Scores of extremists, some newly converted to Islam, have been heading off to the Middle East and MI5 and counter-terrorism police units are using anti-terror powers to disrupt their travel plans.
The civil war is largely seen as a fight between the Free Syrian Army and the repressive regime of Bashar al-Assad.
However, Western governments are increasingly worried that it is being hijacked by jihadist groups inspired by Al Qaeda ideologies.
A small number of British Muslims have already been detained and questioned over concerns they intend to join extremist brigades fighting with the rebels.
One security source warned: ‘There is an increasing number of Muslims going to Syria but they are becoming difficult to monitor because the disguise their ultimate destination by first travelling to France before flying on to Turkey and Jordan.
‘The question is when they return to the UK do they carry on their lives peacefully, happy to have done their bit for jihad, or do they bring jihad back to Britain?’
The source added: ‘Some have the will to carry out attacks and by the time they return they also have capacity to make bombs and fire guns. This is a concern that needs to be closely monitored.’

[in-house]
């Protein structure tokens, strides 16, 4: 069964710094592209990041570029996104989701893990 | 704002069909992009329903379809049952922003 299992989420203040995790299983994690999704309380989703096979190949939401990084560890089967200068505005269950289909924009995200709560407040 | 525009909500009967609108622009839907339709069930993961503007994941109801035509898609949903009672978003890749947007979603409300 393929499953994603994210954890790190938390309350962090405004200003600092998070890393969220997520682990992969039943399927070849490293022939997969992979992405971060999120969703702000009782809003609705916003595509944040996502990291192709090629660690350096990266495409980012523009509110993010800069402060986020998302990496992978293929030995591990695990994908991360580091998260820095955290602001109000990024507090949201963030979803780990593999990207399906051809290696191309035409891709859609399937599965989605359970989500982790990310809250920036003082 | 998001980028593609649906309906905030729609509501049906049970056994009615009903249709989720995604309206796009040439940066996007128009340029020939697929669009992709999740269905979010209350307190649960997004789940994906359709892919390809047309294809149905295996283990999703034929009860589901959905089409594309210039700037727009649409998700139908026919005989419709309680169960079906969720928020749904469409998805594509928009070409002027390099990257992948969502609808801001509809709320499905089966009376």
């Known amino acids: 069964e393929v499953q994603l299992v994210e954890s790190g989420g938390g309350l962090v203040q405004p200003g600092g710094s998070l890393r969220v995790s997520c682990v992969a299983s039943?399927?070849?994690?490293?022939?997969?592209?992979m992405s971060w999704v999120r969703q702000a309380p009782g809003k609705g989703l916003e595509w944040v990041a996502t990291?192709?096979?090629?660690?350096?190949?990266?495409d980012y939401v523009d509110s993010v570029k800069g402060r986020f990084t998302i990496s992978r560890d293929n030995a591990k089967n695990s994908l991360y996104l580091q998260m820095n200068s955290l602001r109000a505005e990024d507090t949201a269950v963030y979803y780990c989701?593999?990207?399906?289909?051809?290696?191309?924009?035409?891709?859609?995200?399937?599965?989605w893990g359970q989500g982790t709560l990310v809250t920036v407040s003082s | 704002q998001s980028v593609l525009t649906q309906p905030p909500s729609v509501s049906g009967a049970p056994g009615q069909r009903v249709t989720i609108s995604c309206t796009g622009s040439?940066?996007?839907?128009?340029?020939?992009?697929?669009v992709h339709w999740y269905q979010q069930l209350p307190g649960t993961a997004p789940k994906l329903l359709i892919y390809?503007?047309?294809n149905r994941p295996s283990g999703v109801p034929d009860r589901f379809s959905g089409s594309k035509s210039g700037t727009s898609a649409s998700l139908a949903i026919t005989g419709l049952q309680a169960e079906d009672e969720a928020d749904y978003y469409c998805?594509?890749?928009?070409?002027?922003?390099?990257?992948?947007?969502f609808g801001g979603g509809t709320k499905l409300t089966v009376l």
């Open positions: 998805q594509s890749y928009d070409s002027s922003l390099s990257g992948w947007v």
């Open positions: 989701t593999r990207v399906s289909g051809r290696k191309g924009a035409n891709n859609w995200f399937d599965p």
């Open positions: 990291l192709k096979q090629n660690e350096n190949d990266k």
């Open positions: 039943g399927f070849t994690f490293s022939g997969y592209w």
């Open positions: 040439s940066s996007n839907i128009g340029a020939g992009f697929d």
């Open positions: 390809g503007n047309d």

Unlike the Libyan conflict, the Syria volunteers are not refugees from their home country and counter-terrorism agencies fear that once the war is over, these trained fighters will look for a new jihadist cause.
There are up to 100 British fighters in Syria, and some of Pakistani origin have been identified in the forefront of foreign brigades.
A team of MI6 officers working with GCHQ’s monitoring station in Cyprus is trying to trace the whereabouts of British fighters, including one who said he was a London hospital doctor.
The man was one of a group of jihadists who kidnapped British journalist John Cantlie and Dutchman Jeroen Oerlemans.
The pair were held for a week before being rescued and said many of the fighters appeared to be British Pakistanis with London accents.
Cantlie said the man who treated him for wounds claimed to be an NHS doctor on sabbatical from A&E at a South London hospital.
He added: ‘The doctor was one of the few guys who was half decent to us. But this was a group of kids on “jihad holidays” and he was an integral part.’